What Is Stress Really?

03/25/2015 05:48 pm ET | Updated May 25, 2015
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It's been a tough and stressful winter. Finally day light savings time has arrived and we can slowly watch the snow melt and even imagine warmer days. Last week I thought I smelled a hint of earthiness and it reminded me that time is on our side and green things will grow.

Well this winter it was January and February, not December that did most of us in, but the end is in sight.

We've been stressed thinking about weather, about getting kids to school or hiring a baby-sitter, getting to work on time, avoiding slipping on the ice, etc.

But what is stress really and what can we do to minimize its effect?

When we are faced with danger, our body goes into what is called a flight/fight response. Our brain releases certain chemicals and hormones that help us fight or flee for safety. Our breath and pulse quicken, muscles tense, excess oxygen gets sent to the brain, we become physically stronger than usual and in the short run, our immune system gets a boost. This response allows us to have clear focus, enormous energy and a surge of activation which is the good news when we actually need it.

However chronic stress has a negative effect. We become tired, have difficulty sleeping, suffer with poor concentration, get head and back aches, become irritable, anger and agitated.

So sometimes the stress response is useful for our performance, safety and survival, but much of the time we create a stress response when there is only a perceived danger. Legend has it that Mark Twain said something to the effect of having his life endangered by things that never even happened.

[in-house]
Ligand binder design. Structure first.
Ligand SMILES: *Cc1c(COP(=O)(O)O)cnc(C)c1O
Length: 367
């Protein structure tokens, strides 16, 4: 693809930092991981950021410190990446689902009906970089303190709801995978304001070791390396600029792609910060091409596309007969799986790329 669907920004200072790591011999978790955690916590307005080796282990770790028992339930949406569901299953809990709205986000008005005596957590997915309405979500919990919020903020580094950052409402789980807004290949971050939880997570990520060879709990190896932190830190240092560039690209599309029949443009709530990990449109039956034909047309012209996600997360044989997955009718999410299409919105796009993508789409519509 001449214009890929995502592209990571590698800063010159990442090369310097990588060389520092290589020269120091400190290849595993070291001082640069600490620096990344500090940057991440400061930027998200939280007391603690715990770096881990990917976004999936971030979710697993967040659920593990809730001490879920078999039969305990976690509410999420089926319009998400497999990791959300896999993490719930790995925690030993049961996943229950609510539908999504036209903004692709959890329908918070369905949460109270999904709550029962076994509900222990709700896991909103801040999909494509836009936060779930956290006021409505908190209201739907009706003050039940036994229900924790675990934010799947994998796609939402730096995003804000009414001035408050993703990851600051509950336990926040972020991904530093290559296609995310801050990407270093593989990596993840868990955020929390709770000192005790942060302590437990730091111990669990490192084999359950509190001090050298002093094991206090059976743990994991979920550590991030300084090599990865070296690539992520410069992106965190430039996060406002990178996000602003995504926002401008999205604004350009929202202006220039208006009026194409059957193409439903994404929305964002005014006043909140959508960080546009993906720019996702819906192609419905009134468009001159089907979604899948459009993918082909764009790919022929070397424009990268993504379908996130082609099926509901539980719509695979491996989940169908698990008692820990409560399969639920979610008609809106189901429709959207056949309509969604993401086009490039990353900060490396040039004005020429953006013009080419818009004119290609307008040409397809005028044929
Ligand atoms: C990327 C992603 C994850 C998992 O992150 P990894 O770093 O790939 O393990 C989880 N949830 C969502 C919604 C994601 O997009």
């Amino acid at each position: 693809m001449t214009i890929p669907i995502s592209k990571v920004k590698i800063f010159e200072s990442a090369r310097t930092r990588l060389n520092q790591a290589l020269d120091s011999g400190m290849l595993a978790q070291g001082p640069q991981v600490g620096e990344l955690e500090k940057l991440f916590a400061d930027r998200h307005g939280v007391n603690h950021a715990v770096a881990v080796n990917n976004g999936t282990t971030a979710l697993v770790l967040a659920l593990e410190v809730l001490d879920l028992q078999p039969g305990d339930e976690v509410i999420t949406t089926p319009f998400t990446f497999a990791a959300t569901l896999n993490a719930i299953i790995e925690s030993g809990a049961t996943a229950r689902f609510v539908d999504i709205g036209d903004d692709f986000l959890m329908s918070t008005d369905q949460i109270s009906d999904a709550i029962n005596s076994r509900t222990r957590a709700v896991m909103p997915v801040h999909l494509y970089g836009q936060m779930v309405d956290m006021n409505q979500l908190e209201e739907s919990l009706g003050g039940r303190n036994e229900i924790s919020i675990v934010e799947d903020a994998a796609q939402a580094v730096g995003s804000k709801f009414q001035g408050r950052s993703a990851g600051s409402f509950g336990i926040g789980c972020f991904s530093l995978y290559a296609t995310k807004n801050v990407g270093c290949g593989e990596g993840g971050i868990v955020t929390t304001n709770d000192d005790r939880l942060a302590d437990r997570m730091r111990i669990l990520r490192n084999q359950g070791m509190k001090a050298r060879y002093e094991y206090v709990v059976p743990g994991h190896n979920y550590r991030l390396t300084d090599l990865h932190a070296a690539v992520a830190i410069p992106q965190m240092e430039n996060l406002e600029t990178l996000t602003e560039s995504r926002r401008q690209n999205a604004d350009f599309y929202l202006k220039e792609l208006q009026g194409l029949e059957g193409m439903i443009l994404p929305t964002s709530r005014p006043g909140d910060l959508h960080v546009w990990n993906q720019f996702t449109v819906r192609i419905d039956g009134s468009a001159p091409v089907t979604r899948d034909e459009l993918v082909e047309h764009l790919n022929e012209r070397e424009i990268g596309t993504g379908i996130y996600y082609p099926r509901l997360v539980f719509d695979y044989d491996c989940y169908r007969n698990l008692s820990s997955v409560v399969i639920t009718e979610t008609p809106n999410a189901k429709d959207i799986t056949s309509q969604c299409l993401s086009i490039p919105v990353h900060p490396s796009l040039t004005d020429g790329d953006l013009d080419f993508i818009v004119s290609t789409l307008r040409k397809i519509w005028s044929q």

Our stress is often caused by worry and ruminating. Our mind tells us stories that are not necessarily so, and then we react as if we are in real danger. Our worrying thoughts often start with worries about what might happen and take off to joining Mark Twain in disasters that are only of our imagination.

What can we do to worry less and diminish our stress response from getting activated when it is not useful for creating a feeling of safety and/or actual physical survival?

How we can manage our thoughts to minimize stress:

1. Awareness is always the first step. Become mindful of the way your mind is telling you stories, predicting negative outcomes, sending self-critical messages and seeing only negative outcomes.

2. Once you are aware that this is what your mind is doing, we need to immediately stop the thought. interrupt the thought and tell ourselves that this is not a useful story.

3. Ask yourself what other story, or outcome of your circumstance would be more realistic and more optimistic.

4. Talk to yourself now with the voice of an Inner Coach that sees realistically, neutrally, with calm and encouragement.

How we manage out breathing goes a long way to help us calm ourselves down.

Here are three breathing techniques that work. Practice them for creating a calm nervous system and countering your stress response:

1. Mindful breathing: Sit quietly and put all your attention on your breath. Follow the breath like it is a raft flowing down river. Feel the sensations of your breath going in your nostrils and sliding downward towards your belly and then follow the sensations of your breath upward. When your mind distracts you, just gently come back to awareness of your breath. Do this for 5 minutes if you can.

2. Deep belly breathing: Slowly fill yourself up with breath. Feel your chest expand and then your belly. When full up, slowly release your breath, first feeling it leave your belly, move up through your chest, your throat and out your nostrils. Move slowly with this breath, not forcing anything but looking to gently fill up. Do this many times.

3. Breath counting: breath in to the count of two (each count being about two seconds). Breathe out to the count of two. Breathe in to the count of two and out to the count of four. Breathe in to the count of two and out to the count of six. Breathe in to the count of two and out to the count of eight. Repeat.

It's also important to find what additional supports work for you. It might be exercise, talking with friends, playing music, gardening (won't that feel good when we can?), making pottery, and other activities that you experiment with for relaxation.

For more information on stress management, resilience and the development of your Inner Coach: